Modern Times Analysis

Quite a lot of symptomatic meaning takes place in Charlie Chaplin’s film, “Modern Times.” Chaplin’s character is constantly failing to meet society’s expectations of a successful working man. Despite his determination to complete his tasks and his cunning ways to avoid getting in trouble, Chaplain never truly fits  in, as shown through the film’s form.


At the beginning of the film, Chaplain works in the steel mill with the monotonous job of tightening bolts on an assembly line. As Chaplain gets further behind in his work, he affects the workers next in line- this is easily seen through the use of continuity editing, as a shot-reverse shot technique is used to switch from the angry stares of the other workers and Chaplain’s hastiness to catch up. The exaggerated facial expressions and movements in this scene contribute to the comedy of the film. I also gathered that, ironically, the tools that he uses are supposed to help him make money, but ultimately by using them he becomes unemployed.

Even when Chaplain is held down so that he cannot possibly mess up, he still fails to show the success of the dinner machine when he serves as a test dummy. Again, the scene is made comical through the failure of the machine, especially when the corn on the cob goes haywire. Perhaps if the machine had successfully fed him, he would have redeemed himself for his previous mishap at the assembly line; however the machine makes more of a fool of him as expected from the audience. The machine could be another symptomatic meaning for society not being able to fix him. Repetition of Chaplain’s failures emphasize his difficulty in being successful in the work force.



3 thoughts on “Modern Times Analysis

  1. I really like your analysis and the scenes you chose. In regards to the bolt tightening scene, as hilarious as it was, this scene could easily stand as one of the most powerful imagery in the film. Not only is it shown at the beginning of the film, but it is also layered with all four primary forms of meaning. Referentially, we are introduced to a factory in a period that has been established as the depression. A factory in the depression. Even today that strikes something of a sour note. The audience is immediately met with an understanding that times are tough and jobs are scarce. Factory work probably is not the Tramp’s first career choice. But we know from a historical perspective that it was probably the only job available. The meaning is also explicit. We see the character performing menial tasks that require concentration. We understand how unpleasant it is to have such a job. Meaning is also suggested implicitly by what actually happens to the man. He goes crazy! The scene is yes, funny, but also holds some serious weight. He is described to have had a mental breakdown. This suggests that such work in this period actually led to insanity. Finally, in a broader sense, the scene holds symptomatic meaning. The Tramp is the common man finding work in a tough time. And the common men of this time are simply cogs in the great machine of society (which makes the small sequence of Chaplin “becoming part of the machine” even more important). All this imagery is representing a society becoming more hopeless and impoverished.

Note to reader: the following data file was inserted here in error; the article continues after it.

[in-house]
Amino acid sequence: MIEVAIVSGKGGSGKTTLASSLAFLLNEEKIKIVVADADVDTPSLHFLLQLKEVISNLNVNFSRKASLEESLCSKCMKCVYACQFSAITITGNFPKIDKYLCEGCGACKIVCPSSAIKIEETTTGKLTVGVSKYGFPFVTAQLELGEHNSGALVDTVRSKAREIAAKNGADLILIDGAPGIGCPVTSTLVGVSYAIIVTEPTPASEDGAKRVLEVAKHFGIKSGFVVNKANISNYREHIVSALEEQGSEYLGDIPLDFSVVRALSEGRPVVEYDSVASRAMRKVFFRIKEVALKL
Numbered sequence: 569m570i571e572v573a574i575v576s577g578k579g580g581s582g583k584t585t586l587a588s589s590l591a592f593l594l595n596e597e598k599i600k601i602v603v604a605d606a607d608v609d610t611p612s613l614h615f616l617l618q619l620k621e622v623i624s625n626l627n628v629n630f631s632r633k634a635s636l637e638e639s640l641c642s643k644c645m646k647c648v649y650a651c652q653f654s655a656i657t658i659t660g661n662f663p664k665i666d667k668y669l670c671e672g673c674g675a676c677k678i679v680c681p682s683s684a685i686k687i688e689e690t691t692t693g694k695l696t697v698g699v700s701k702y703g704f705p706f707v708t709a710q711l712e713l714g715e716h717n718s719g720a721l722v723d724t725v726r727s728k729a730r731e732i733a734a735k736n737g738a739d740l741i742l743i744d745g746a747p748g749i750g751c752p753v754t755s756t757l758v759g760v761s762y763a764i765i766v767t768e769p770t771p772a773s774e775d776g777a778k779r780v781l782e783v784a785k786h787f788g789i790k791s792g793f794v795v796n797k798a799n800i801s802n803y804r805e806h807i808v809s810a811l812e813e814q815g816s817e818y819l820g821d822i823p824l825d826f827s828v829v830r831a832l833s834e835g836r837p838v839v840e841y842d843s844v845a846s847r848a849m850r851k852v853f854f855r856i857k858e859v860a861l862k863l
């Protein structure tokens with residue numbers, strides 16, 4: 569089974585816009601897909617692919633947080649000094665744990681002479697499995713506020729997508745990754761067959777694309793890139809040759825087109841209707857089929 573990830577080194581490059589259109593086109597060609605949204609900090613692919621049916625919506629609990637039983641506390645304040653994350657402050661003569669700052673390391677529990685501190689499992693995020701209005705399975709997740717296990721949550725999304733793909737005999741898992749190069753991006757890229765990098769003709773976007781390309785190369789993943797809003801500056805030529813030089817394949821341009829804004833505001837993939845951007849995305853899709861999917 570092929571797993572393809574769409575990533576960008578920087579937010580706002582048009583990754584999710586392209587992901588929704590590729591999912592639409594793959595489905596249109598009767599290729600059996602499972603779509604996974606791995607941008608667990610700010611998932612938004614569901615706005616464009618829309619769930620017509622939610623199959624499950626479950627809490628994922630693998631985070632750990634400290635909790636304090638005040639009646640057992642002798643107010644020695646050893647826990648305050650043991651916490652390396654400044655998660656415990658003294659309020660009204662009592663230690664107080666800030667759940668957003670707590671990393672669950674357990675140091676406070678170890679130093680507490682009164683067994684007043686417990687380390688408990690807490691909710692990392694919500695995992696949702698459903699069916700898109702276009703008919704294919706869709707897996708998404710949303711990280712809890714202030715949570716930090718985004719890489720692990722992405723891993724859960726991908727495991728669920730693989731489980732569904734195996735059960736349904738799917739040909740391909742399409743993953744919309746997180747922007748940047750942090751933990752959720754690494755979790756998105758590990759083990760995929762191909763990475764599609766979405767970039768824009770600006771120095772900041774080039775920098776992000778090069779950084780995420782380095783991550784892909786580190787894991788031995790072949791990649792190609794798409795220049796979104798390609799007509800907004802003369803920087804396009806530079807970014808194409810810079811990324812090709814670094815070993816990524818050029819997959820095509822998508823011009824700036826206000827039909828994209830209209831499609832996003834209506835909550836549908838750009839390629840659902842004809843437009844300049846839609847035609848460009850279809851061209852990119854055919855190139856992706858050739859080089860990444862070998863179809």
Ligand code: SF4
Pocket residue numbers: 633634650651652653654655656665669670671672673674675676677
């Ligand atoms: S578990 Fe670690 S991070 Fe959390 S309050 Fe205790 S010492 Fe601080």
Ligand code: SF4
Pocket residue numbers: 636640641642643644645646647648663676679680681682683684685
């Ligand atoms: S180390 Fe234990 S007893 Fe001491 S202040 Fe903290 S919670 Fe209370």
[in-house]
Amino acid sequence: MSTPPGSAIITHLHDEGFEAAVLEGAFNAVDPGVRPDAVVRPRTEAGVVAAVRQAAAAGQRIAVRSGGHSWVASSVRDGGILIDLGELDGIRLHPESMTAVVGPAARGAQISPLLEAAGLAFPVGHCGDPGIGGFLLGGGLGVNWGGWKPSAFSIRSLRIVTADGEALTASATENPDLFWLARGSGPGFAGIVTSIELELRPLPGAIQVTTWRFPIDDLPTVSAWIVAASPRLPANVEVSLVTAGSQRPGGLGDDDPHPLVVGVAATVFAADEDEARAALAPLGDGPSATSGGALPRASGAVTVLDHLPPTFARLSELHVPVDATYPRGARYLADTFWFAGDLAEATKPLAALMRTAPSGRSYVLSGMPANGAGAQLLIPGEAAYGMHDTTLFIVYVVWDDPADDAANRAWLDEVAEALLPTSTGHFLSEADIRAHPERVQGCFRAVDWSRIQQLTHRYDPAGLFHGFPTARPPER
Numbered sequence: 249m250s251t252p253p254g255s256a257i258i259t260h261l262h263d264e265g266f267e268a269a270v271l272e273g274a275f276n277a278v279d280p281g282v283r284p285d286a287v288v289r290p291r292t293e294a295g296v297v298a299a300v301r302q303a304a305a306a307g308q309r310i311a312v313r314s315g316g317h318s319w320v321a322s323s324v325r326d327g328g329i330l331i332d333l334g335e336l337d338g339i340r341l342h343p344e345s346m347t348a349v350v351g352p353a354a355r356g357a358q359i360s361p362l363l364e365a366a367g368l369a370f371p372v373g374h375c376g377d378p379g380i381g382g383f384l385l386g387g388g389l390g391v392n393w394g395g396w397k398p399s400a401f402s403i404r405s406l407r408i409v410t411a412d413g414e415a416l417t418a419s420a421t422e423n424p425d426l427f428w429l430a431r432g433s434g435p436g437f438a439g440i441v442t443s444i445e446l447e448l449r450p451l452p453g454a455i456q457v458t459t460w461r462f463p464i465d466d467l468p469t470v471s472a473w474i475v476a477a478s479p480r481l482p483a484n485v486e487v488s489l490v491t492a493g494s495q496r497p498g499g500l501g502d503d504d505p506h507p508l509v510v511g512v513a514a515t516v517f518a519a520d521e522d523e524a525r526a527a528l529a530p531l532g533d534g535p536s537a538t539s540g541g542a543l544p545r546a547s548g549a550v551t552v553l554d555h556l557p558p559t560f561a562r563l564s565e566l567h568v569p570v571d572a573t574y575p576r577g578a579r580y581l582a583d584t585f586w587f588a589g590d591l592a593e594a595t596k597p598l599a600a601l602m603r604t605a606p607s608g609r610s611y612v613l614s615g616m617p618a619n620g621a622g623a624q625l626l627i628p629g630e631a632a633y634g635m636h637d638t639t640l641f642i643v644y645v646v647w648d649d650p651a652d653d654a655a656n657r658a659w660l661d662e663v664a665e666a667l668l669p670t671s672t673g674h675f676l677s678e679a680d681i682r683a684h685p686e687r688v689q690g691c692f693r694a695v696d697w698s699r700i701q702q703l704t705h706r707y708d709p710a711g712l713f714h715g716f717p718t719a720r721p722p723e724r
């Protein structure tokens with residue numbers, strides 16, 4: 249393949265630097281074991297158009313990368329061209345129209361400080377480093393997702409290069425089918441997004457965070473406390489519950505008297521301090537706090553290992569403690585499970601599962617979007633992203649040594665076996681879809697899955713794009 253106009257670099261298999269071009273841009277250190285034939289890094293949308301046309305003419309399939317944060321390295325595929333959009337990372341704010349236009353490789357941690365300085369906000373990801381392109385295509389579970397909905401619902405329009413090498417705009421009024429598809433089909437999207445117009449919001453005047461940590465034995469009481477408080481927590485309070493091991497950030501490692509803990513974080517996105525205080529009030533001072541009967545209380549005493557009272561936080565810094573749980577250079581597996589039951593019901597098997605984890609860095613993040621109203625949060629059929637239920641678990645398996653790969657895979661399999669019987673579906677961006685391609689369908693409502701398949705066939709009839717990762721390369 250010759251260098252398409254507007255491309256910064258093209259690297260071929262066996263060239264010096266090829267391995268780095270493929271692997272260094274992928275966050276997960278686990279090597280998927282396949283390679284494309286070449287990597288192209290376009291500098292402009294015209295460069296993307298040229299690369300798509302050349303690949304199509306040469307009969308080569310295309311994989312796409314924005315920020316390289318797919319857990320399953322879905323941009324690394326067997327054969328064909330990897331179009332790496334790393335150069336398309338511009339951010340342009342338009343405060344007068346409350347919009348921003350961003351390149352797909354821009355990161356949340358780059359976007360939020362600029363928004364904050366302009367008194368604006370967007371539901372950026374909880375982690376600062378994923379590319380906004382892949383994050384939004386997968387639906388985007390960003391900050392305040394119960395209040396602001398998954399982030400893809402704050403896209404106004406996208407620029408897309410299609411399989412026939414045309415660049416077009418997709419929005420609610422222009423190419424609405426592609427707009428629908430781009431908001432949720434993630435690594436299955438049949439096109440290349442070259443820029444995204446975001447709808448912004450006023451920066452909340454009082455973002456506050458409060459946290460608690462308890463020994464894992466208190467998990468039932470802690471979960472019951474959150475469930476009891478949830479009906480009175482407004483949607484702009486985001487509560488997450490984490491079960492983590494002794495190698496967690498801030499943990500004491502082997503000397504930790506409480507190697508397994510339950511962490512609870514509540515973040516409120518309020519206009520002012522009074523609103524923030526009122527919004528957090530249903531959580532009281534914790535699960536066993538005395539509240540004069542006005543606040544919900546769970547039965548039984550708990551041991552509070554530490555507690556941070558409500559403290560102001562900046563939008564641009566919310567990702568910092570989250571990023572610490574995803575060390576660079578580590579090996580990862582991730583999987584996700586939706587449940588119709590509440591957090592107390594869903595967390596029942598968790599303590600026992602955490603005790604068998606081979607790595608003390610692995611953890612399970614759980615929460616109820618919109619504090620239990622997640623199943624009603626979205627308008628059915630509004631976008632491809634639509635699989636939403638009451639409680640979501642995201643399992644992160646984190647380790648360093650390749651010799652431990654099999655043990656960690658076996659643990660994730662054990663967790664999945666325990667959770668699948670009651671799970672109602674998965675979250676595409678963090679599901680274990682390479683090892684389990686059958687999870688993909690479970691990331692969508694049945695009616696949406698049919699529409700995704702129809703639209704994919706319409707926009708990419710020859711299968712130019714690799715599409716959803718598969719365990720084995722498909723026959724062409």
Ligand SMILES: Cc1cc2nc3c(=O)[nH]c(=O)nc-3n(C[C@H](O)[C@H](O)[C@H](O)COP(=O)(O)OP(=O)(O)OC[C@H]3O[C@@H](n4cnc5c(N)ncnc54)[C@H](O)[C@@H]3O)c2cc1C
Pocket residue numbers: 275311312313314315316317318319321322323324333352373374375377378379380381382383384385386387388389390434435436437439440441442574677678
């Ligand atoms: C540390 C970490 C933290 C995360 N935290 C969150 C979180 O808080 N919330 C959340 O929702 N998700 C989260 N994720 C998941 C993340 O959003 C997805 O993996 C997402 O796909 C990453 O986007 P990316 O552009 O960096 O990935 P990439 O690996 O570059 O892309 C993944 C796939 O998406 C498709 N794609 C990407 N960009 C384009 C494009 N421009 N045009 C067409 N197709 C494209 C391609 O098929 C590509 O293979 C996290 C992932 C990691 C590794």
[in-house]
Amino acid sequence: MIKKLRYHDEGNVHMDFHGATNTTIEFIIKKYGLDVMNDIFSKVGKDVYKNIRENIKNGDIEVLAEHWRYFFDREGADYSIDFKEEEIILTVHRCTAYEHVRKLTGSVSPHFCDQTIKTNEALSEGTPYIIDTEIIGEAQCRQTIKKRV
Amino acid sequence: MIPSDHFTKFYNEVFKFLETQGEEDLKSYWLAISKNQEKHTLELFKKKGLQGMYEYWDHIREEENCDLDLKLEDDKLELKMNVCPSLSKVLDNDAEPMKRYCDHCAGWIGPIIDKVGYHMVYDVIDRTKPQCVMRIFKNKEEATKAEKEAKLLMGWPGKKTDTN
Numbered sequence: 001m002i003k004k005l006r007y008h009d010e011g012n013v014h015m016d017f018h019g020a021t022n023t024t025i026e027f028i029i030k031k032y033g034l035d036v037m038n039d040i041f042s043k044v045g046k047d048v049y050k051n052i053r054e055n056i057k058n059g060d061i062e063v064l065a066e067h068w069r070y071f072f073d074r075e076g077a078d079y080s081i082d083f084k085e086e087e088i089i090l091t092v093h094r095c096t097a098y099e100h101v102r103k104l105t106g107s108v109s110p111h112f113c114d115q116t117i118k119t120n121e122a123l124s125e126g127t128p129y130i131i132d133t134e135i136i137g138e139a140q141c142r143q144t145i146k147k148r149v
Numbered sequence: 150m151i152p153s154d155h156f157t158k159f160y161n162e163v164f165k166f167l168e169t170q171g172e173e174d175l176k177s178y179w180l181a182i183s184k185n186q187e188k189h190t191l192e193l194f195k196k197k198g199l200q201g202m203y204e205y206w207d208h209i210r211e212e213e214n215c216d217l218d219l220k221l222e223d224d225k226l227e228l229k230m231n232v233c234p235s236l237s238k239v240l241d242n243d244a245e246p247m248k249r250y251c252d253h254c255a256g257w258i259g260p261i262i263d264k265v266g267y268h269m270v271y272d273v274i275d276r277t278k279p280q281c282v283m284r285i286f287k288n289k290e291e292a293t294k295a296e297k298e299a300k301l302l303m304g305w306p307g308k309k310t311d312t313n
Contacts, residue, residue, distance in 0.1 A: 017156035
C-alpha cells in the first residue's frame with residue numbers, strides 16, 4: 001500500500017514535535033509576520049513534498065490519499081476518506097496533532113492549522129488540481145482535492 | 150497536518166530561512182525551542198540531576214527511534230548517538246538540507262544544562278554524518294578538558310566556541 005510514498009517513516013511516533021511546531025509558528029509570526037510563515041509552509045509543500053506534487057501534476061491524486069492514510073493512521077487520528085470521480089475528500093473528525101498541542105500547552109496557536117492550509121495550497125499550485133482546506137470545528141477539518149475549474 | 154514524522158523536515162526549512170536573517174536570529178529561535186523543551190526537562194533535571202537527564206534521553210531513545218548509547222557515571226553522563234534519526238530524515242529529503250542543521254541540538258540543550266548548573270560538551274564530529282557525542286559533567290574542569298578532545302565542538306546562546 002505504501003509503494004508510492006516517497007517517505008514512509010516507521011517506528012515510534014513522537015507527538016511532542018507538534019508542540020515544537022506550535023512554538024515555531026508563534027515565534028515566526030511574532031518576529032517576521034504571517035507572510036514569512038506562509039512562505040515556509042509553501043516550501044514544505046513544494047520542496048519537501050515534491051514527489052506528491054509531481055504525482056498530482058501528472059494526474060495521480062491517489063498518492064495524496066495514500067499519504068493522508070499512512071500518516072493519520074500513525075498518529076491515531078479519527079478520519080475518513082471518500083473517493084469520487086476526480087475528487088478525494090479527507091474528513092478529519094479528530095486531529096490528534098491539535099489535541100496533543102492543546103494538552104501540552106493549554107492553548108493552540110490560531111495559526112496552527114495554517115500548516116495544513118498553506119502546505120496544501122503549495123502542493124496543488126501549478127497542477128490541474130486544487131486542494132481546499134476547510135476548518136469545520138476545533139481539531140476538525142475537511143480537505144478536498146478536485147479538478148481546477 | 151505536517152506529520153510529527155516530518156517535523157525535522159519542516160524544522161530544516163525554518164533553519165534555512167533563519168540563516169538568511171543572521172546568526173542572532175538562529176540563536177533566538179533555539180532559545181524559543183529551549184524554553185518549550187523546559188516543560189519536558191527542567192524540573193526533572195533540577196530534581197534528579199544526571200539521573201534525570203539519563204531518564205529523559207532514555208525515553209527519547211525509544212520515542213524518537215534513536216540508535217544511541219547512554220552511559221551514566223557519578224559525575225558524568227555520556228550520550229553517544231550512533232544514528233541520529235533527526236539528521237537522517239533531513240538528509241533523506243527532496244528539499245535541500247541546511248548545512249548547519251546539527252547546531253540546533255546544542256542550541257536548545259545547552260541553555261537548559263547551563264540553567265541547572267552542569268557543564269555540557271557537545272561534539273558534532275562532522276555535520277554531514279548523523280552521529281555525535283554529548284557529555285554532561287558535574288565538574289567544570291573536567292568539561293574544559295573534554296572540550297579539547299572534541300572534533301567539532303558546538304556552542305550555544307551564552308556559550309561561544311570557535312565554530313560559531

2. When you mentioned how monotonous Chaplin’s job was, automatically “Metropolis” came to mind. Similar to “Metropolis,” “Modern Times” tried to portray the working man as a slave to society, having to succumb to the boss’ requests in order to make the company look good. Unlike Freder, who proves successful in the factory, Chaplin just does not have what it takes to be the ideal working man. As hard as he tries to fulfill his duties, he cannot keep up with the other workers and ultimately gets in the way instead of being productive. Like you said, this character flaw contributes to the symptomatic meaning that Chaplin cannot live up to society’s expectations of a hard worker that gets the job done correctly and efficiently. As it has been pointed out several times, the repetition of Chaplin’s struggles to fit into society is conducive to the comedic storyline.

  3. Symptomatic meaning is everywhere in this film. We see Chaplin constantly struggling to find a fitting place within society and man, does he fail. The poor guy can’t make it more than 5 minutes on the assembly line without some how messing up.

    I find it interesting how you compared the tools he uses along with what purpose they are meant for to how Chaplin is unable to fully utilize them and become one with the rest. This idea resonates with him being some sort of tool in society that hasn’t found he’s use for. Chaplin continues to get himself into trouble until ironically, finds peace and comfort in a prison cell. However, as the story progresses Chaplin is let go and get the opportunity to perform for a restaurant and does an outstanding job.

    Finally Chaplin finds a sense of unity with society; through entertainment and performance only to run away again due to the women he cares for. Although this leaves the viewer with the curiosity of what would’ve been of Chaplin’s life as a performer I believe we are left satisfied with the idea he found someone that relates to him no matter what situation he is in.

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